In the following months, the army shifted them to long-term camps in desolate areas. These camps were guarded by armed soldiers and was overcrowded with poor sanitation. People quickly fell ill but were unable to receive any medical aid or treatment throughout their stay in the camp. The incarcerees were responsible to keep the camp running, so many of them started teaching the young ones in compact classrooms, while others manage farms and poultry. Many rebellions and protest groups were formed inside the camps but were silenced as many endured the changes.
Kurose completed her high school education in Minidoka and became involved with the American Friends Service Committee. The committee donated old books to the camp and issued clearance for students seeking higher studies. Aki left the camp to attend the University of Utah but after facing unavoidable repercussions of war, was forced back to Seattle. Soon after she was able to attend Friends University in Kansas.
By 1944, the Supreme Court ruled the continued detention of American citizens without charges was unconstitutional, hence the camps went down and the incarcerees were offered a mere $25 along with a train ticket to their pre-war address. But this relief was not enough to compensate for the damages. Many of them had no jobs and their houses were snatched. Though Kurose’s family was able to keep their apartment, the family faced poverty when no companies offered jobs to Japanese Americans.
Though the camps were closed, the stigma in the society continued. Aki along with her fellow people faced discrimination and resentment. The Japanese American workforce was replaced by African Americans. But as the discrimination grew so did the anti-discriminatory camps and unions. In 1948, after graduation, Aki Kurose married Junelow (Junks) Kurose and moved to her in-laws in Chicago. In 1950, when the couple had their first child, the family decided to have a home of their own. But discriminatory real estate practices and a shortage of housing made it impossible for them to find a house. So, they stayed in Seattle with Kurose’s family until they were able to find a home of their own.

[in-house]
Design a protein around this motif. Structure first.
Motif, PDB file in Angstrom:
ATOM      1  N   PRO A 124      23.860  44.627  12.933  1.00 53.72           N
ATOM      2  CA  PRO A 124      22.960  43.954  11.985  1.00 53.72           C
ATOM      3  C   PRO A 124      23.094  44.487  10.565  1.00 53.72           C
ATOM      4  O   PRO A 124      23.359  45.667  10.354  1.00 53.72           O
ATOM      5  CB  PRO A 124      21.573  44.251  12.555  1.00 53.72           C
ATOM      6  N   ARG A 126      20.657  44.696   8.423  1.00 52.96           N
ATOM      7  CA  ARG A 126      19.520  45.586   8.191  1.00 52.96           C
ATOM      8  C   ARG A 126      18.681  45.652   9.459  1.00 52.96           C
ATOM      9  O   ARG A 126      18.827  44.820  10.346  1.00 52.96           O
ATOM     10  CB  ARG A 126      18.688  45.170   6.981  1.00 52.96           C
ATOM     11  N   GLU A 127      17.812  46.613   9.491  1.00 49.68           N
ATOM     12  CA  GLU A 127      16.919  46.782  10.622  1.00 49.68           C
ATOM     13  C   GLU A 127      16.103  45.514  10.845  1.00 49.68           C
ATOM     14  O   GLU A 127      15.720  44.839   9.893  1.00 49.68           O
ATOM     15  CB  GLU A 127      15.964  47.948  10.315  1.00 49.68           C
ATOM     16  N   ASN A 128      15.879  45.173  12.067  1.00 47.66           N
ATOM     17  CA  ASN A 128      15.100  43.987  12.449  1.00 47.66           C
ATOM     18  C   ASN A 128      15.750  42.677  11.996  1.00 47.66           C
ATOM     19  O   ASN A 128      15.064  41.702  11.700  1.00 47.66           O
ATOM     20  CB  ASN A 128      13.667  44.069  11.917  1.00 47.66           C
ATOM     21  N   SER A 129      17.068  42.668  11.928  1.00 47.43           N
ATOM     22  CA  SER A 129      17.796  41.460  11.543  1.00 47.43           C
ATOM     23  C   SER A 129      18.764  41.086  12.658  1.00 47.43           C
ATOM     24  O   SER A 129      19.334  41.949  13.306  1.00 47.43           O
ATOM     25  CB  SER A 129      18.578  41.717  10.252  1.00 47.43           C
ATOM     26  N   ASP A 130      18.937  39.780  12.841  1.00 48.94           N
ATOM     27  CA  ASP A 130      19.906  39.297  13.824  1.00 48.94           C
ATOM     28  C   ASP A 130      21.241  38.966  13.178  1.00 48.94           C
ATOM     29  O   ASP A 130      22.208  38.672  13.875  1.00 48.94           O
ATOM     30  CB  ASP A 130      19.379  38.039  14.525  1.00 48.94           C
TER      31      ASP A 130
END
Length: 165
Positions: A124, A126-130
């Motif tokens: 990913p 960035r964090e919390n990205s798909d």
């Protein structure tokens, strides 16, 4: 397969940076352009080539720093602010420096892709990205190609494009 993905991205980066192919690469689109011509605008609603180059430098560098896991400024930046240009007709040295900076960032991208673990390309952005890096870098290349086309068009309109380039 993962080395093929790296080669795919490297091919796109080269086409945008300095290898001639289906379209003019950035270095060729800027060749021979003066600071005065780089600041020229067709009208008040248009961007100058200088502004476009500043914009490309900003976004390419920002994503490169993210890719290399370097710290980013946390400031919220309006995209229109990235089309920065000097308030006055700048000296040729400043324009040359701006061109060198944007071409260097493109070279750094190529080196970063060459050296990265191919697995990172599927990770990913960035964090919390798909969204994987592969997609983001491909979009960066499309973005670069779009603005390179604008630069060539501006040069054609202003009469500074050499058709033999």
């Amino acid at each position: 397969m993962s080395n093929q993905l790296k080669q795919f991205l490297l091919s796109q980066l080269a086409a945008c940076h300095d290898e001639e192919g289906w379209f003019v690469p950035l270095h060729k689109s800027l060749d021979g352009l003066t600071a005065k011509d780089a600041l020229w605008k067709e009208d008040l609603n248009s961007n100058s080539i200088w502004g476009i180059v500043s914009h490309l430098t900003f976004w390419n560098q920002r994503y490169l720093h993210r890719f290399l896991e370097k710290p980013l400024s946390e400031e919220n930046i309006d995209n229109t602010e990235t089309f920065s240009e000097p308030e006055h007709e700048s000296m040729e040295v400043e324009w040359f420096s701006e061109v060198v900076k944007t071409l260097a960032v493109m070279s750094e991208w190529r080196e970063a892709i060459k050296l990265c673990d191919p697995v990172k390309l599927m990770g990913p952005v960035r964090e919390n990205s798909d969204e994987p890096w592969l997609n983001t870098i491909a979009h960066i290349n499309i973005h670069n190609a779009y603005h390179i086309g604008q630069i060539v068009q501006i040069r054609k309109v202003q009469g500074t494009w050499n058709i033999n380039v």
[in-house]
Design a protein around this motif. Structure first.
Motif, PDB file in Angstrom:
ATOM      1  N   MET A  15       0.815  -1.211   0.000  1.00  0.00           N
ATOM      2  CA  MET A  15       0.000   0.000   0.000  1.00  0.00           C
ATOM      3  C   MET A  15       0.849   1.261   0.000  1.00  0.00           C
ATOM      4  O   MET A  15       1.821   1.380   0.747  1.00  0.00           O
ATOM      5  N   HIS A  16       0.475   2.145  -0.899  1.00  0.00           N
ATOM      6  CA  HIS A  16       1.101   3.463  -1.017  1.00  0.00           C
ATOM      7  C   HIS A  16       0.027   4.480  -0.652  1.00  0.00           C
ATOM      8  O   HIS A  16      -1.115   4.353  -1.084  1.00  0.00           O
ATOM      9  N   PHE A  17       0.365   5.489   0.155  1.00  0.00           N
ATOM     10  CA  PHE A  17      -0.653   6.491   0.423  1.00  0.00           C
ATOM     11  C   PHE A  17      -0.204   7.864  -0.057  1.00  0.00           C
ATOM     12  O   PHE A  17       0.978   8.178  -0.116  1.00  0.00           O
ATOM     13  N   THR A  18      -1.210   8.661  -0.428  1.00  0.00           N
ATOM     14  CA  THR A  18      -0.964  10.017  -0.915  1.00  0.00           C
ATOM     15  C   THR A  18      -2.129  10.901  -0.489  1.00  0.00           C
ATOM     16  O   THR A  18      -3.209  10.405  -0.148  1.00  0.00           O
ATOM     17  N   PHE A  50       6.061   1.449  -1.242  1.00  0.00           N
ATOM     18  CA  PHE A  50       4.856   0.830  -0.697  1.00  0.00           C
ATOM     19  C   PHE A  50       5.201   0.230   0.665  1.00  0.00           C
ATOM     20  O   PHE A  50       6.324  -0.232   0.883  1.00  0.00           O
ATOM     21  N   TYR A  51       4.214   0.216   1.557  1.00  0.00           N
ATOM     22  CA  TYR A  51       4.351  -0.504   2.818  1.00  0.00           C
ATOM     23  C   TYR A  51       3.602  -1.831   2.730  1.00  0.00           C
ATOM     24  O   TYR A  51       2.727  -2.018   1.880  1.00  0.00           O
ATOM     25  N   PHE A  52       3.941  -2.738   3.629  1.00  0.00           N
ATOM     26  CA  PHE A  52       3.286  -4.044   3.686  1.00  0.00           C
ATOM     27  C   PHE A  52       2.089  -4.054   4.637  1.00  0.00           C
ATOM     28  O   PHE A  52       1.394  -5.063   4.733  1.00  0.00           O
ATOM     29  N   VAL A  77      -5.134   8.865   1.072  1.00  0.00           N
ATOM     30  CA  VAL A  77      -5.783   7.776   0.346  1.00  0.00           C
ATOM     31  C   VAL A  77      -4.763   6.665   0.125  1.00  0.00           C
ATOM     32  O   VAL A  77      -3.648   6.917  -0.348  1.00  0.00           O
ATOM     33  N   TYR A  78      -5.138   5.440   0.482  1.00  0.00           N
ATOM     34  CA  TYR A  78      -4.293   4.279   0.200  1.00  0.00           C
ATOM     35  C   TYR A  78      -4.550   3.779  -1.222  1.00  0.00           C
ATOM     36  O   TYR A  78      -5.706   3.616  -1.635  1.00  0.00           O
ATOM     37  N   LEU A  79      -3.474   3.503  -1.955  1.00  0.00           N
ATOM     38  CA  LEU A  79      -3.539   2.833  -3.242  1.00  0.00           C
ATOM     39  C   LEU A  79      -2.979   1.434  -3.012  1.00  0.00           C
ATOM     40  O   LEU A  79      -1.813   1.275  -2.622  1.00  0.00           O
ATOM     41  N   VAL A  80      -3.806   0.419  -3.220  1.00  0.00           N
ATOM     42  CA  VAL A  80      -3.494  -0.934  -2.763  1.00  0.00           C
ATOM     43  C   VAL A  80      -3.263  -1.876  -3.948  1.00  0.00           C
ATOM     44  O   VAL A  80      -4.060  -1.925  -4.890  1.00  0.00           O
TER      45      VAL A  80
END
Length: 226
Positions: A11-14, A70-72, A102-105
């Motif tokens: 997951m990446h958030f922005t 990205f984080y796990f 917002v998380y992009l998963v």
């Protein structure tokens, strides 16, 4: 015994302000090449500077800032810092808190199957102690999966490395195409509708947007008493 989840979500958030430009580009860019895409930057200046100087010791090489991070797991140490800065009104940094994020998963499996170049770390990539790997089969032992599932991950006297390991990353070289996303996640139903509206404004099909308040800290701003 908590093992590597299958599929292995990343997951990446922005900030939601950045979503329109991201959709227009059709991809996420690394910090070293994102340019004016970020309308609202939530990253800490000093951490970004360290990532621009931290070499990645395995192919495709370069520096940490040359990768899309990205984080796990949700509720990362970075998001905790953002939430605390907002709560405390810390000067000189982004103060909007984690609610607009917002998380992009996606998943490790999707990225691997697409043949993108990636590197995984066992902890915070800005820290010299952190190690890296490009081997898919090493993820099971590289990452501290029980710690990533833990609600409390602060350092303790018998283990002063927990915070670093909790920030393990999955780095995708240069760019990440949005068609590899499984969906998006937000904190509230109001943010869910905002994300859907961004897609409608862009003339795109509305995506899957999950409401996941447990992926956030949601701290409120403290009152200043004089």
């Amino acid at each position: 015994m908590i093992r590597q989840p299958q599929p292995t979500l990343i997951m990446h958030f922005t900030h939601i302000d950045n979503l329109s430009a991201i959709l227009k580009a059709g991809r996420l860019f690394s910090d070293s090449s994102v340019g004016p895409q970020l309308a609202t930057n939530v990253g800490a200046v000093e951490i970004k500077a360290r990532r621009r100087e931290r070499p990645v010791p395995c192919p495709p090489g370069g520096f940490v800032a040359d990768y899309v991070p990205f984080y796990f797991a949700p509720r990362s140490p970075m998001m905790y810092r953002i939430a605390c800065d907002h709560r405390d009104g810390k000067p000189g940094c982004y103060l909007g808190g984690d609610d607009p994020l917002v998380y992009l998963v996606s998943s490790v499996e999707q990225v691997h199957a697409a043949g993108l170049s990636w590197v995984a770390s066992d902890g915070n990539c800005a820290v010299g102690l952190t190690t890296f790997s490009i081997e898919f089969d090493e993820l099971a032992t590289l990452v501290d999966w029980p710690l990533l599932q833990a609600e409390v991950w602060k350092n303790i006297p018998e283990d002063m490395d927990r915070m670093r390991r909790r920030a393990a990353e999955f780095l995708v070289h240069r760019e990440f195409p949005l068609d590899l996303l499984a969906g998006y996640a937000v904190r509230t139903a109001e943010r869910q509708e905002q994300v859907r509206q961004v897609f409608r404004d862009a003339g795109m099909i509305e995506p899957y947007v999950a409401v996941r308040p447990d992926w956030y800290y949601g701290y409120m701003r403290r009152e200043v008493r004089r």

On the other hand, these experiences motivated Aki to find work with Seattle’s first interracial Labour union and joined the Congress of Racial Equality. Aki became a teacher and over the next few years, she immensely contributed to civil rights marches and anti-war demonstrations. But she was one among few who found a living for themselves. Many incarcerees, particularly of an older generation never recovered and were hence drowned in lifelong poverty. Children of incarcerees later began a movement calling for the United States to apologize for the injustice.
On the other hand, Kurose continued teaching despite the racism she faced in workspaces. In 1980, she was appointed by President Jimmy Carter to the National Advisory Council on the Education of Disadvantaged Children. In 1985, she was named the Seattle Teacher of the Year, and in 1990 she was given the Presidential Award for Excellence in Mathematics and Science Teaching (PAEMST). Her work integrating peace advocacy with education was recognized internationally in 1992 when she received the United Nations Human Rights Award.
By 1988, the United States government also officially apologized for the wartime incarceration admitting to injustices caused to Japanese American and giving them the closure, they very much needed.